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Bob Marley: The Life and Legacy of Reggae's Global Icon cover art

Bob Marley: The Life and Legacy of Reggae's Global Icon

By: Charles River Editors
Narrated by: Russell Stamets
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Summary

"We don't have education, we have inspiration; if I was educated I would be a damn fool." (Bob Marley)

"If there remains any magic, it is music." (Bob Marley)

In terms of raw popularity, Bob Marley sold over 20 million albums in a brief career that took him around the globe as, "[T]he first international superstar from the so-called third world", but the journey from anonymity within his own culture to reigning as, "[T]he defining figure of Jamaican music" was a circuitous and dangerous one. After leaving home at age 14, Marley's street skills helped him, "[G]ain a foothold in Jamaica's chaotic music industry while skillfully navigating politically partisan violence that abounded in Kingston through the 70s." His exaltation of the reggae form, couched in the Rastafari, became an instrument of order and a haven for otherwise directionless youth in Kingston and other communities of Jamaica.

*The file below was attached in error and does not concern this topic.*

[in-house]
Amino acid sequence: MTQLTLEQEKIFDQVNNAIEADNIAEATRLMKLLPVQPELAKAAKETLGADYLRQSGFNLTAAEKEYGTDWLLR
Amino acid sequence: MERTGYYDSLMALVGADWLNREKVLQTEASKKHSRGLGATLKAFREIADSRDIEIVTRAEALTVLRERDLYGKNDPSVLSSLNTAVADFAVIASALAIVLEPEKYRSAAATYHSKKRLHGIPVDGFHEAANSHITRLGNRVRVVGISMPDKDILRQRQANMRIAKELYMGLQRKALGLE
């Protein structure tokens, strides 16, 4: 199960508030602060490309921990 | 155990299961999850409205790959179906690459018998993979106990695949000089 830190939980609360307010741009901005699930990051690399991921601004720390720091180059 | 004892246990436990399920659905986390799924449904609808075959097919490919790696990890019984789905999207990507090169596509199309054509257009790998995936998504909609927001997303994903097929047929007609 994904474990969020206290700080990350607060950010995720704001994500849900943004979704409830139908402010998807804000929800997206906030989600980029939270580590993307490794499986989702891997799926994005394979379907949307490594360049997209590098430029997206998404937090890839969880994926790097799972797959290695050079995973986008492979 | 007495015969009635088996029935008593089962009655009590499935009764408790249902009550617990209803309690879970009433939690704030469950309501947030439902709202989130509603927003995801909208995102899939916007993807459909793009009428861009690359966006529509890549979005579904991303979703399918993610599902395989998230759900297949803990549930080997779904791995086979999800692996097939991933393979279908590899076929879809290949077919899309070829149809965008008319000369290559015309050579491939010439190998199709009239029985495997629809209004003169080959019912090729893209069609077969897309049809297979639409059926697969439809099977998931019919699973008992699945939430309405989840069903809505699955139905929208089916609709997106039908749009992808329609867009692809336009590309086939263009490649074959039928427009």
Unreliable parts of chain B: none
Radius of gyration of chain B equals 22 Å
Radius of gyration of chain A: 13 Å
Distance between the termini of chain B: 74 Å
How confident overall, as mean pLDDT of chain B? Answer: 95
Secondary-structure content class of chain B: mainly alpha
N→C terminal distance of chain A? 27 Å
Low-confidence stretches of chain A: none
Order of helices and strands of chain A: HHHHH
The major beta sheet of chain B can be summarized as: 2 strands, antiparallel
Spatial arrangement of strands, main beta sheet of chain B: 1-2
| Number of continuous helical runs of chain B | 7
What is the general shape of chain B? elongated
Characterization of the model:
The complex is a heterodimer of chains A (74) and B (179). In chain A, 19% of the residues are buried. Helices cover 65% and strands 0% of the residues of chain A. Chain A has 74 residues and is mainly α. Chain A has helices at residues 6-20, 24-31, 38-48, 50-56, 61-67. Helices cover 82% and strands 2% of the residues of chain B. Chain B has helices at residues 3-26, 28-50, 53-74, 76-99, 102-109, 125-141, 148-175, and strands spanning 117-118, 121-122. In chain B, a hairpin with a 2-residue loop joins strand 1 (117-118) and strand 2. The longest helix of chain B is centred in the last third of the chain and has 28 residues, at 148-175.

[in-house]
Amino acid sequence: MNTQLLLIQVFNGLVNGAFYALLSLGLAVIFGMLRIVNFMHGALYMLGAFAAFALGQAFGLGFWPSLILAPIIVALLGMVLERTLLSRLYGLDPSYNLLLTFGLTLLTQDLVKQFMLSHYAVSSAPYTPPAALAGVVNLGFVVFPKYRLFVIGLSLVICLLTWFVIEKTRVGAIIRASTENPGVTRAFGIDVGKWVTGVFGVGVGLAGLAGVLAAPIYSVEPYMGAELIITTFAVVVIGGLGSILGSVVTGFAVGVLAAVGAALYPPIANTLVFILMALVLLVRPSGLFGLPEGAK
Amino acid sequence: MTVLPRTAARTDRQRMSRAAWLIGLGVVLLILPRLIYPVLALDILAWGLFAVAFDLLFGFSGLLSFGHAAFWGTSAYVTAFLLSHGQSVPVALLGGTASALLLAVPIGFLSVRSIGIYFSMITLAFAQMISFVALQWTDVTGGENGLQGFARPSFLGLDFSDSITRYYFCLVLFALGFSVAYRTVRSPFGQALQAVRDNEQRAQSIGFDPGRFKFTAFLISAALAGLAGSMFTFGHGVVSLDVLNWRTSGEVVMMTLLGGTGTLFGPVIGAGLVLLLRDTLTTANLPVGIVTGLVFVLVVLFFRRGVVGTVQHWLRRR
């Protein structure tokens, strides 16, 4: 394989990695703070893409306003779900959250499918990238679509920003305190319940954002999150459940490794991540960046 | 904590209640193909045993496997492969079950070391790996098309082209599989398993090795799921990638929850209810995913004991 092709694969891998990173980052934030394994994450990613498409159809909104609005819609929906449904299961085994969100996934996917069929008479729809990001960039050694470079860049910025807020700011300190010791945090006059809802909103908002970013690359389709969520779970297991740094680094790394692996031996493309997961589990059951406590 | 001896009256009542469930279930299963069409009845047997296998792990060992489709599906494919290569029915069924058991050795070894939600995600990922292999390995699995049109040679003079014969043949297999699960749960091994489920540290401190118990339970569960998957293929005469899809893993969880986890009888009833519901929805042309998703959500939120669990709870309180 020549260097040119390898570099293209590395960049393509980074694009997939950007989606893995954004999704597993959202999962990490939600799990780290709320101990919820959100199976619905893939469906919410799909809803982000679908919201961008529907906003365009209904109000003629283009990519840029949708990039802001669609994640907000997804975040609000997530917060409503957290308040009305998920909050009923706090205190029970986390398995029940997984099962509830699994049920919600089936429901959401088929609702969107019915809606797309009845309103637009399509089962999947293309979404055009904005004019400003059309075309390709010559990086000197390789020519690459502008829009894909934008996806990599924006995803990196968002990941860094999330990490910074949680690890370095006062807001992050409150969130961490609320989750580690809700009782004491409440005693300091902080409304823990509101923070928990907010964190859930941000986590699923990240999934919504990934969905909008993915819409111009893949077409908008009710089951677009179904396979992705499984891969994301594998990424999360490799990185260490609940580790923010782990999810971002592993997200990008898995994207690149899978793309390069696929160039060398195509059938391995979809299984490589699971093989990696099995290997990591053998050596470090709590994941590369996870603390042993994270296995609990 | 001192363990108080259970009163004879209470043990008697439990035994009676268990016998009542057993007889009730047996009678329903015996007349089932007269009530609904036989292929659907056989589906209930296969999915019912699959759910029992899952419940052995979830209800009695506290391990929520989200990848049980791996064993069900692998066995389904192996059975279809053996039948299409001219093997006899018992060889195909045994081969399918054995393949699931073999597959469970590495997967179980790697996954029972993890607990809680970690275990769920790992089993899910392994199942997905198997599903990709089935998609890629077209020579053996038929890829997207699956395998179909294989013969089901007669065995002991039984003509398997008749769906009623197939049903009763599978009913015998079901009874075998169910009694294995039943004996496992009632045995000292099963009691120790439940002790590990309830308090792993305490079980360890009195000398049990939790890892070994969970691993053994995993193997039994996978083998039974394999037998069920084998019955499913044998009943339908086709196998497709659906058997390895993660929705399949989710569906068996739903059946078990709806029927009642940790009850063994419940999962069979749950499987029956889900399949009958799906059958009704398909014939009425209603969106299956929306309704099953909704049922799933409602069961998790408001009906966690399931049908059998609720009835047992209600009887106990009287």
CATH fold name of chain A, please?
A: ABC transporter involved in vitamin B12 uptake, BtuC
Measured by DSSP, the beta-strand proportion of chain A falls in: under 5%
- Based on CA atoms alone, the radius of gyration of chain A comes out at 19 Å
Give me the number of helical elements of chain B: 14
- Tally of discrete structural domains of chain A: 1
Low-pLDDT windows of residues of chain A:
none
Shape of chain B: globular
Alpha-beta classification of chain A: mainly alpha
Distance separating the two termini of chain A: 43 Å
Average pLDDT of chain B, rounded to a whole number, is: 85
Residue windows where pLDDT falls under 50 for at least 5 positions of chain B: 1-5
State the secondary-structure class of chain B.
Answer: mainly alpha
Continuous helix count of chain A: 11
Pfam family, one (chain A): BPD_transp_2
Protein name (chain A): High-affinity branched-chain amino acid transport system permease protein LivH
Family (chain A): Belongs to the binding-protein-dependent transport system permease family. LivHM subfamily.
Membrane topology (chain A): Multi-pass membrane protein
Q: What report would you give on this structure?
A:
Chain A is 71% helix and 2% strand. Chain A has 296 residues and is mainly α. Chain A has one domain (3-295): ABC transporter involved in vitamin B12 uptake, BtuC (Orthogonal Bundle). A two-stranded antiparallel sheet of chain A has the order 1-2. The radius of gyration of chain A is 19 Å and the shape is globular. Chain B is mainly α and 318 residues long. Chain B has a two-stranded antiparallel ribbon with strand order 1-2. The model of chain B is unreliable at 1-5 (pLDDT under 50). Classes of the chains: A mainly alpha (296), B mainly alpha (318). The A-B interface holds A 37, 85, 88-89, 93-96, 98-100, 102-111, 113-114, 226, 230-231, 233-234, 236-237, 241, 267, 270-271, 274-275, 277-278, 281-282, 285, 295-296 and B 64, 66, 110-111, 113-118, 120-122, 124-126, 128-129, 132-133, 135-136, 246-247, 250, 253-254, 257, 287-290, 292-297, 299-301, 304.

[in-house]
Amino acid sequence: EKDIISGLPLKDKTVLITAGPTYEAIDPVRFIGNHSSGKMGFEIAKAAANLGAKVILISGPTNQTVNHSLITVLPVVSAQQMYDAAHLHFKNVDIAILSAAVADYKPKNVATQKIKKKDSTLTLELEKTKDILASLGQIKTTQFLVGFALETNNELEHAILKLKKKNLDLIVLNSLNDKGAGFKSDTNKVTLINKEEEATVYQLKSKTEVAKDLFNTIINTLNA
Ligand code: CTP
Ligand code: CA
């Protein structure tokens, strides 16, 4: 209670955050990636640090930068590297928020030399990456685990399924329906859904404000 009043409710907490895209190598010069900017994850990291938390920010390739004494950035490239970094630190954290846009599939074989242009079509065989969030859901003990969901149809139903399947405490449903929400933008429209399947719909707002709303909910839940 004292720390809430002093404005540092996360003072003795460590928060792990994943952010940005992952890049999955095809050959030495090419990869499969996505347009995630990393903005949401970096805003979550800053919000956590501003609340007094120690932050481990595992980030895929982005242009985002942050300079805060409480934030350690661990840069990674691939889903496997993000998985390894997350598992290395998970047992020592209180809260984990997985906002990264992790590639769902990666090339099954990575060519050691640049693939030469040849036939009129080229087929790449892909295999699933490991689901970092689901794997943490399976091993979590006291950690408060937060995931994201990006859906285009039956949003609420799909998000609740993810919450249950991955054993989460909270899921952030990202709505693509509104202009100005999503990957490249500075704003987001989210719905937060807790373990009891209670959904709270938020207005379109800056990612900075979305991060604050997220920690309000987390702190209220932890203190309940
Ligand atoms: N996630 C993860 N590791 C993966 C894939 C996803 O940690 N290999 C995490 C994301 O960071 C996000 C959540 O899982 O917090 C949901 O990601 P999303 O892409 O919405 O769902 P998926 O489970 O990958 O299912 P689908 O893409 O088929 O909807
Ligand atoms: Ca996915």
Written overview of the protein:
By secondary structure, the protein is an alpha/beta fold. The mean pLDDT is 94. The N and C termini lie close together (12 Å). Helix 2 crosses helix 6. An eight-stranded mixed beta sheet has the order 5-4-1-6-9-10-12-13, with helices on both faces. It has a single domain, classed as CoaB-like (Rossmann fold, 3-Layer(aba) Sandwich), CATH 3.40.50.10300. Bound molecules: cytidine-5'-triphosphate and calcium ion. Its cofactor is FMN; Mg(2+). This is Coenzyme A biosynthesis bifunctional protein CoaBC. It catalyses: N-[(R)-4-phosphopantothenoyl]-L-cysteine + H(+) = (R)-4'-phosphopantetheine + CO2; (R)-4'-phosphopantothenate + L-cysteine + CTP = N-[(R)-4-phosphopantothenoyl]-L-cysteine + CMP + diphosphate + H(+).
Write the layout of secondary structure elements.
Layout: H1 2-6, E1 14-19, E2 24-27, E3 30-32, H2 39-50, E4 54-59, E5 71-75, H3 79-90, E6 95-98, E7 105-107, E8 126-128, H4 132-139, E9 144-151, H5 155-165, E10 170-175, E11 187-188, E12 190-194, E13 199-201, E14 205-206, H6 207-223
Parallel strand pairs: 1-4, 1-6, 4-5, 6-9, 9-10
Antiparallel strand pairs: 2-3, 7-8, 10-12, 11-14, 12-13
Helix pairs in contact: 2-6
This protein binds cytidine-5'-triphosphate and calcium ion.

Beginning with the more lighthearted ska style, Marley drew fellow Jamaicans as kindred spirits by adding social commentary to the lyrics. As these popular dance hits were infused with songs of faith, the weightier genre of reggae emerged. Marley would become, "[O]ne of the genre's most beloved artists." To the outer world, he is by far the most iconic individual associated with the form and the era. As the merely distractive elements of ska fell away, "[I]nto the slower, bass-heavy reggae sound", the accompanying depth of his message lifted him above being a mere entertainer, and his fellow Jamaican youth turned to him for social truths.

©2012 Charles River Editors (P)2015 Charles River Editors

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